Luke Combs’ Unassuming Appeal Makes Him A Hit
NASHVILLE, Tenn. (AP) — The first week of June was one of Luke Combs’ biggest weeks in his still fledgling career. The 28-year-old taped an outdoor performance for the “CMT Crossroads” series with soul singer Leon Bridges, attended the CMT Awards, released a deluxe version of his debut album and sang in front of tens of thousands of fans at the CMA Fest.
And then immediately after the festival performance, he lost his voice. Put on vocal rest for 10 days, Combs had a No. 1 country album but couldn’t perform.
“It stung a little bit,” he admitted later after his voice recovered. “It made me, I guess, a bit more vulnerable than I would have liked.”
Mostly he was upset about having to reschedule shows and disappointing fans. The Asheville, North Carolina-born singer built his success on his live shows when he was performing more than 200 dates a year in 2016 in college towns all around the Southeast and adding to his fan base one show at a time.
“Imagine you’ve been working out for a year straight, as hard as you can work out and the last set, the last thing you gotta do is that last week of CMA Fest,” Combs said. “It’s like the second you’re done with it, you’re just like laid out on the floor.”
Combs has been working at a breakneck speed in the year since his debut album, “This One’s for You,” was released last year. It spawned three No. 1 country radio singles in a row, the first time that’s happened since Sam Hunt did it in 2014. The album’s deluxe version, featuring five new songs, sold better in the first week than his original debut record, meaning he’s earned himself a lot more fans in just a year. His gold-selling album is the most streamed country album of 2018 and it has spent five nonconsecutive weeks at No. 1 on Billboard’s country albums chart.
Instead of the traditional path to country stardom of writing songs for other people before launching his career as an artist, Combs released his own music and promoted himself to his millennial peers online through the now-defunct social media platform Vine.
“I think that was kind of always my goal: get people to come back and see a show twice and then see it a third time,” Combs said. “And now I’ve got people who have been to 30, 40 shows.”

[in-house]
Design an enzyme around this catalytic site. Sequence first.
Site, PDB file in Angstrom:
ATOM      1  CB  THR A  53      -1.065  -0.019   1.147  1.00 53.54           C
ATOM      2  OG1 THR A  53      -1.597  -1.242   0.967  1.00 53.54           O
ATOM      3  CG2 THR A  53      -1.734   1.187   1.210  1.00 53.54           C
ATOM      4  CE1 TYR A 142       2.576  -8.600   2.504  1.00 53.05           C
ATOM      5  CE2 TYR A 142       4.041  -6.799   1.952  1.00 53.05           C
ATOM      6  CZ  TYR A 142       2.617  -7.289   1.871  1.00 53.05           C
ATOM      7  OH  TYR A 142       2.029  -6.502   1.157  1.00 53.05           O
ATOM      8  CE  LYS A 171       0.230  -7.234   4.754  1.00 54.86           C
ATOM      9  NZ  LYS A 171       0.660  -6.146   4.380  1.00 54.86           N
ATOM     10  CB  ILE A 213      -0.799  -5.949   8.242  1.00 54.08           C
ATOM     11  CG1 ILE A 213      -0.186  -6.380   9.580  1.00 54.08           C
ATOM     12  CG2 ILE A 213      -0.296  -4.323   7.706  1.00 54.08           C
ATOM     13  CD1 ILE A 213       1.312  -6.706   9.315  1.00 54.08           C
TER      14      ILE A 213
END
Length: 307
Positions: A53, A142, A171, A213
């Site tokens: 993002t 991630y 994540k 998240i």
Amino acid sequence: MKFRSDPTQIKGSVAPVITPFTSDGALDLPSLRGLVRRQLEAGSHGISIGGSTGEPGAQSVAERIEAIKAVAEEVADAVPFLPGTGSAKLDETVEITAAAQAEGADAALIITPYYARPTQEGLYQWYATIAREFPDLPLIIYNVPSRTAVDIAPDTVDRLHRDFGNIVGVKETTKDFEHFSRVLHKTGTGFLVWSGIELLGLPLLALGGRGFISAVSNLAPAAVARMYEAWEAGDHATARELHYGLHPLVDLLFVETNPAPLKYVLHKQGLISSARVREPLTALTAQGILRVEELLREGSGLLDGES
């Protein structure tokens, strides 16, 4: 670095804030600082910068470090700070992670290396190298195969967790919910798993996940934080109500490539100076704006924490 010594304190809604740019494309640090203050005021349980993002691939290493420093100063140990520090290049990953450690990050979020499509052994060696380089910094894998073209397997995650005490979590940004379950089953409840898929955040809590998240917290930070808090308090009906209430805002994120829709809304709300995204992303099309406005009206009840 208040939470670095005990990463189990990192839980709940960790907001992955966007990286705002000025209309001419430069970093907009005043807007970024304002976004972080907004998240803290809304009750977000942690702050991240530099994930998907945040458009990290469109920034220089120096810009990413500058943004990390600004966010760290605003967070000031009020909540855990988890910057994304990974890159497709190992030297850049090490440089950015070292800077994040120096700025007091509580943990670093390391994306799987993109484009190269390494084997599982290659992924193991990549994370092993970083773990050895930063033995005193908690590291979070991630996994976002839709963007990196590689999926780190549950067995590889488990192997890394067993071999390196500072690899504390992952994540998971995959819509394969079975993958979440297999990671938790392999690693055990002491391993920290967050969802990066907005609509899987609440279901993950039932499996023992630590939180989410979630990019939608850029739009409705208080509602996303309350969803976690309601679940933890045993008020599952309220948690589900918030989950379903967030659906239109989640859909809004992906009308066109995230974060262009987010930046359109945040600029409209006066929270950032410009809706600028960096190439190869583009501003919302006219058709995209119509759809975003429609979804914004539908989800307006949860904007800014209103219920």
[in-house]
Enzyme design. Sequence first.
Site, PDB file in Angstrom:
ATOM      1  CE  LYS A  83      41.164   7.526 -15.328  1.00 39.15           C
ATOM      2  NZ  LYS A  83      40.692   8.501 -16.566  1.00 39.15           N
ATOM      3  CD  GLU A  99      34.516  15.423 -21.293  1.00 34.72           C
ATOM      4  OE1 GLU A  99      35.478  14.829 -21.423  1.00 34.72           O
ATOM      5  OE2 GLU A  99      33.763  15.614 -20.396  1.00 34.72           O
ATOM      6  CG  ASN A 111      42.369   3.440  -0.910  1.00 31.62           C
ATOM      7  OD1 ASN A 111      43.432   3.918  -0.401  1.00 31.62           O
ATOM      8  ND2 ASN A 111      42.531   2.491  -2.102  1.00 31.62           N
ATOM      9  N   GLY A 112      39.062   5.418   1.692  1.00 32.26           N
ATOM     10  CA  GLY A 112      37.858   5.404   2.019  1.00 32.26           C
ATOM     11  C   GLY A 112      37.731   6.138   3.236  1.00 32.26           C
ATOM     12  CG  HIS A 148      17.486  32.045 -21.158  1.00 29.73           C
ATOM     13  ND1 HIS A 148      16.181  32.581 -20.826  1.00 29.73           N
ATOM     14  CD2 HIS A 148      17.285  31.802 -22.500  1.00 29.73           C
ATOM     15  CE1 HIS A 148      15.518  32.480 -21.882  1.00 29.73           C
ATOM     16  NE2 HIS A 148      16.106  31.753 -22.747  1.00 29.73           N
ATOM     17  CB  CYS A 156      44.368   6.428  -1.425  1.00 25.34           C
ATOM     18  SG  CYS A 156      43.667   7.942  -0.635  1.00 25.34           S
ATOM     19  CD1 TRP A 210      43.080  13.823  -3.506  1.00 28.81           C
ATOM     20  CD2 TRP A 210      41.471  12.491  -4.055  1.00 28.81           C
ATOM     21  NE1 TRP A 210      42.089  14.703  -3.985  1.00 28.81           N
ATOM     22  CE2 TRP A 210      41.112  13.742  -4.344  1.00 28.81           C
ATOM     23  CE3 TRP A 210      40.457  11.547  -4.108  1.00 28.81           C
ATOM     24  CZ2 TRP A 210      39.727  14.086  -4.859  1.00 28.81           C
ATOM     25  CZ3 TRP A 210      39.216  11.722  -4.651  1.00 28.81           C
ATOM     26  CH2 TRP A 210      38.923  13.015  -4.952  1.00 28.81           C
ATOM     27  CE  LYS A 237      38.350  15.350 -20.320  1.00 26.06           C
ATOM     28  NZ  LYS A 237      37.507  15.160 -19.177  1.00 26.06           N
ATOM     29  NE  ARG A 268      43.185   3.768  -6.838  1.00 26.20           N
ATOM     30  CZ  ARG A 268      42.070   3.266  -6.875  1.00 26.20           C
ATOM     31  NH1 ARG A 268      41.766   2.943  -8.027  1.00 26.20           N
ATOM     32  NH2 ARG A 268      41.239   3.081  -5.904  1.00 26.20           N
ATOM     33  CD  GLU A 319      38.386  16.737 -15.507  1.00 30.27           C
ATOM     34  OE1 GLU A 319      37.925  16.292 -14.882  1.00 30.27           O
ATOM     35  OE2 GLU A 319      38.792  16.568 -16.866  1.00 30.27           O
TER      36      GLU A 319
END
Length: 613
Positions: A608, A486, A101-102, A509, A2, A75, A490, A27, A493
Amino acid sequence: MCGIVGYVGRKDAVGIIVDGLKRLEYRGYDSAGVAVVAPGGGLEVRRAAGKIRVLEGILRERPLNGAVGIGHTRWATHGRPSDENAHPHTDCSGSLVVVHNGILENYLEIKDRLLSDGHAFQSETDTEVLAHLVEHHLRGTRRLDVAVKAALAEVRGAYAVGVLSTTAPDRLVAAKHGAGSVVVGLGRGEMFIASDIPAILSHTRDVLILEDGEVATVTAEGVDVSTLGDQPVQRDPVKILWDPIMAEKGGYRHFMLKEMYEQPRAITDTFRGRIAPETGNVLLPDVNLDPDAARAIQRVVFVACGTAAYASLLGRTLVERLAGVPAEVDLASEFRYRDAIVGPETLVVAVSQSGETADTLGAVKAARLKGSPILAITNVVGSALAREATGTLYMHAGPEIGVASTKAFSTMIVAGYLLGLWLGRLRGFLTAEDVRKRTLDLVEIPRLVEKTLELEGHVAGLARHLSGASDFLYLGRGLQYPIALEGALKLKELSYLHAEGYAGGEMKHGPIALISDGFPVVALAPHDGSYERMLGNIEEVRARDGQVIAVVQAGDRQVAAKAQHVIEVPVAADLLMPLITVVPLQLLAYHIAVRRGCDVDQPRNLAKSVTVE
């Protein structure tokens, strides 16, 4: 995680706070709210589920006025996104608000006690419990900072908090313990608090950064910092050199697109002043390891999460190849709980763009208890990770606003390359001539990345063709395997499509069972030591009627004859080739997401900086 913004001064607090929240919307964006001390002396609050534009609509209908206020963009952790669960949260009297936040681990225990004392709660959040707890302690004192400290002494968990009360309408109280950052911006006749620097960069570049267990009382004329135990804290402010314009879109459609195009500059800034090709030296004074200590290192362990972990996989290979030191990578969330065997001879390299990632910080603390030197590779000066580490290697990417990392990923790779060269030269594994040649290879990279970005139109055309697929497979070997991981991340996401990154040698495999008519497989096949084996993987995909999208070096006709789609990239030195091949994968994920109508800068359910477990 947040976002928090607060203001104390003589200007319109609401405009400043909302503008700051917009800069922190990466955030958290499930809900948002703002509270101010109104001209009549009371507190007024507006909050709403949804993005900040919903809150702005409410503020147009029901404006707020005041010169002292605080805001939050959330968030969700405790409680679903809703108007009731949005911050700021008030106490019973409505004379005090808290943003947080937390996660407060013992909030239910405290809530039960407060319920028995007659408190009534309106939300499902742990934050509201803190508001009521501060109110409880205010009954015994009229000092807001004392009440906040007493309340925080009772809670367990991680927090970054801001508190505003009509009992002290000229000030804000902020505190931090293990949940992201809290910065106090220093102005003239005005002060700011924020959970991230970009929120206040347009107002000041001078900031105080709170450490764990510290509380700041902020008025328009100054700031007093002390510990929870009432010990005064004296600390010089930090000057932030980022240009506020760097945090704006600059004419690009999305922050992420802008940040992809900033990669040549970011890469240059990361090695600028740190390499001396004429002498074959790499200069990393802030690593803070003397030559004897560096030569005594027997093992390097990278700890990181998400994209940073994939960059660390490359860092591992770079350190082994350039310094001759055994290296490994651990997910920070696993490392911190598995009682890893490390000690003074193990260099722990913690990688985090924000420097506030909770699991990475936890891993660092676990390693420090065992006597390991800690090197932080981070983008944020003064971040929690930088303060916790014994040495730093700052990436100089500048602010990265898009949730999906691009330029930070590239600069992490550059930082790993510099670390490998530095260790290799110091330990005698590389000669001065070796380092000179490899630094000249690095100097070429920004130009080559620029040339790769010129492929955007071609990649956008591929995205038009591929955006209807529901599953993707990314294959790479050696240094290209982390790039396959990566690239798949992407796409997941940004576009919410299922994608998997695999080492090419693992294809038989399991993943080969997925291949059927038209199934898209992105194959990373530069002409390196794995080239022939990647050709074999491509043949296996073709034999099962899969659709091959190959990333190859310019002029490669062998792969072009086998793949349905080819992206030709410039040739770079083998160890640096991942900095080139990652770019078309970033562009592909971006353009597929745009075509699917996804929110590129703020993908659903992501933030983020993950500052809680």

Combs even found his first manager on the road when Chris Kappy saw him perform his now multiplatinum single, “Hurricane,” in a Georgia bar in 2015. Kappy, who had no previous management experience, immediately felt a kinship to Combs, as both are large men with oversized personalities and scrappy attitudes.
“We’re not the typical norm of what this industry is looking for,” Kappy said.
Kappy’s plan was to just let Combs be himself and let the natural talent win over fans. “I told Luke, ‘I just want people to fall in love with you, buddy, and to do that we have to expose you. And that’s being vulnerable, that’s being humble, that’s telling stories.'”
It helped that his first single, “Hurricane,” was a great showcase of his deep booming voice with a big hooky chorus. Already signed to a new label called River House Artists, the song was gaining ground on radio when he was added to the Columbia Nashville roster. Sony’s promotional muscle behind the song was like adding gasoline to a fire, said Kappy.
His label listened to feedback from radio programmers to give him his second radio No. 1 with “When It Rains It Pours,” a cheeky take on a breakup that turned into a lucky streak. But he went back to the well of the emotion-driven love songs with a slight R&B swagger on “One Number Away,” his third hit single. All three of his songs have also reached the Top 40 on the pop charts.
Fans connect with Combs’ unvarnished approachability and openness. The burly and bearded performer wears the same kind of shirt every time he hits the stage, a short-sleeved black sports shirt made to help fishermen deal with heat and sweat.